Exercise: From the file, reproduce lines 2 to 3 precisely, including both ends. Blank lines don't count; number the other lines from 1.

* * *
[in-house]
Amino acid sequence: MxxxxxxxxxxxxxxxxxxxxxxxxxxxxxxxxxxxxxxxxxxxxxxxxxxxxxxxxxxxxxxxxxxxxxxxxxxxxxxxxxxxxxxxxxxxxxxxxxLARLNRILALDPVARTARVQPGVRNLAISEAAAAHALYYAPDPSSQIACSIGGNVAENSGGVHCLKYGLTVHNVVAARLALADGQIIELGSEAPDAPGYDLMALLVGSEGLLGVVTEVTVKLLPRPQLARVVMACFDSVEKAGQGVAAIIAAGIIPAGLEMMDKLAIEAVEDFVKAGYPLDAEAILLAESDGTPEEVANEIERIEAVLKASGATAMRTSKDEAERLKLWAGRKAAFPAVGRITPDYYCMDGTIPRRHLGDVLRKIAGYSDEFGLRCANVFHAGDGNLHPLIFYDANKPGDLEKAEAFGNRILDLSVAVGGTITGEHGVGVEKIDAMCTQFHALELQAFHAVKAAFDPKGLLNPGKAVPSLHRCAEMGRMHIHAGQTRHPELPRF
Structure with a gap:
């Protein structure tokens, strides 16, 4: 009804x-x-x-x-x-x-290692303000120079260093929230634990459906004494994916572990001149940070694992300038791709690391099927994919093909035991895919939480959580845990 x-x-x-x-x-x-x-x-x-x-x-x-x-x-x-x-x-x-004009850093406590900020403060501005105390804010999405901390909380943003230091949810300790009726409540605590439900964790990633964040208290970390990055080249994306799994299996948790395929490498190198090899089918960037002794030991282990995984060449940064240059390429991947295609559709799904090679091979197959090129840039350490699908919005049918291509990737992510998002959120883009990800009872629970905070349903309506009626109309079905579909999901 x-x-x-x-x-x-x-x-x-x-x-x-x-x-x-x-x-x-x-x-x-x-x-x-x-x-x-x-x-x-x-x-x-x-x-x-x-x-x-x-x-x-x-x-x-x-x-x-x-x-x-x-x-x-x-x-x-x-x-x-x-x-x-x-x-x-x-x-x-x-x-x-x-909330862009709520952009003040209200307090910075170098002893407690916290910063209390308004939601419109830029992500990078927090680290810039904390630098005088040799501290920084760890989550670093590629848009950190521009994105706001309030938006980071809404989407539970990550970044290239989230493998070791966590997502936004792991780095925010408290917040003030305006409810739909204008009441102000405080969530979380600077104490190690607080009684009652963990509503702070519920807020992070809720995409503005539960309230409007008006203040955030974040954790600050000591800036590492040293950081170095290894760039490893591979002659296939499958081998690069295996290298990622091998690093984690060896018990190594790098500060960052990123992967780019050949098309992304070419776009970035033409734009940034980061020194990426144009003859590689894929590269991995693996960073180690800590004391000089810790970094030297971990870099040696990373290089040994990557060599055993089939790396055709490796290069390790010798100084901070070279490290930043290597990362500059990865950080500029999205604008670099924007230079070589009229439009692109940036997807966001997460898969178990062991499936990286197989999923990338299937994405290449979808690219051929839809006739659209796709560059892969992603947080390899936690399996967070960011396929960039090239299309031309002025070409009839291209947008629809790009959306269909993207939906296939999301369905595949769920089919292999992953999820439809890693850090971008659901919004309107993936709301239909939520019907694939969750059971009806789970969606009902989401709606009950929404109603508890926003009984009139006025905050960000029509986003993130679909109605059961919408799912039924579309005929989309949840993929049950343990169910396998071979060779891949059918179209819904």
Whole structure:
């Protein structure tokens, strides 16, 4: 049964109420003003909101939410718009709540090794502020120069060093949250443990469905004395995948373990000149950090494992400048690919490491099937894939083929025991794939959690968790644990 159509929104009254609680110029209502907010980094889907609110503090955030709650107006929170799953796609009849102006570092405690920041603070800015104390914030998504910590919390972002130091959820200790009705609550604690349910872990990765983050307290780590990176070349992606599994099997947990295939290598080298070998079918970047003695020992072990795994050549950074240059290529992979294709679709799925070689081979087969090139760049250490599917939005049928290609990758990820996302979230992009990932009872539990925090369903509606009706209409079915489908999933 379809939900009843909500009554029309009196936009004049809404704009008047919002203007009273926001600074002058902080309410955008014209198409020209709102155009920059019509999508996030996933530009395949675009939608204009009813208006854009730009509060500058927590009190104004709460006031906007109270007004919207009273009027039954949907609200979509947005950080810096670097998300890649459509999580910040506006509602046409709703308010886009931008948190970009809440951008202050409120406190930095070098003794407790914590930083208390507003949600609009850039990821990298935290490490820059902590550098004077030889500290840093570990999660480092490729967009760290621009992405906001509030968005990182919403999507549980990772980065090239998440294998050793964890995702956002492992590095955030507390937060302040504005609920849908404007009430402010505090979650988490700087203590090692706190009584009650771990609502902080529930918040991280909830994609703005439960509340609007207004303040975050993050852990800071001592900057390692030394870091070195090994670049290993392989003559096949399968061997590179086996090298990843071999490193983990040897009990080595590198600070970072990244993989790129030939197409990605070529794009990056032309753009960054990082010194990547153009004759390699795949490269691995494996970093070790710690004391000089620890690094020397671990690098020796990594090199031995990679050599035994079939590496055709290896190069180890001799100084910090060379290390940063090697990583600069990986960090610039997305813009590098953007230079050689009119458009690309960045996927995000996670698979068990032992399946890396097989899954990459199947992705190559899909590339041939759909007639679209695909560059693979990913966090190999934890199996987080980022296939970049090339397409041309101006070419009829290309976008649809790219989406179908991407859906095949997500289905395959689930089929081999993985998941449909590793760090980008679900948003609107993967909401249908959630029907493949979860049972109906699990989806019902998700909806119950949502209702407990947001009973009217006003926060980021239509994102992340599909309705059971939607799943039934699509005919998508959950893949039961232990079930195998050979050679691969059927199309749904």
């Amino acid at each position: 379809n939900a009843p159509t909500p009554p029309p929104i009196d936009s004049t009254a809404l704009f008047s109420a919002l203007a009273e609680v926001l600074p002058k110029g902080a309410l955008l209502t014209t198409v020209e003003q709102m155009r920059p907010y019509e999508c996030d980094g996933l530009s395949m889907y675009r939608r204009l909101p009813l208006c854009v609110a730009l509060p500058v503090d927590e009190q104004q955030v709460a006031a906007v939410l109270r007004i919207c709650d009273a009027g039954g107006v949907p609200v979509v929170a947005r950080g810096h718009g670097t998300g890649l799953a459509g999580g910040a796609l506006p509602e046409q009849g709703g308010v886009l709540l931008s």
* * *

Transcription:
Amino acid sequence: MxxxxxxxxxxxxxxxxxxxxxxxxxxxxxxxxxxxxxxxxxxxxxxxxxxxxxxxxxxxxxxxxxxxxxxxxxxxxxxxxxxxxxxxxxxxxxxxxxLARLNRILALDPVARTARVQPGVRNLAISEAAAAHALYYAPDPSSQIACSIGGNVAENSGGVHCLKYGLTVHNVVAARLALADGQIIELGSEAPDAPGYDLMALLVGSEGLLGVVTEVTVKLLPRPQLARVVMACFDSVEKAGQGVAAIIAAGIIPAGLEMMDKLAIEAVEDFVKAGYPLDAEAILLAESDGTPEEVANEIERIEAVLKASGATAMRTSKDEAERLKLWAGRKAAFPAVGRITPDYYCMDGTIPRRHLGDVLRKIAGYSDEFGLRCANVFHAGDGNLHPLIFYDANKPGDLEKAEAFGNRILDLSVAVGGTITGEHGVGVEKIDAMCTQFHALELQAFHAVKAAFDPKGLLNPGKAVPSLHRCAEMGRMHIHAGQTRHPELPRF
Structure with a gap: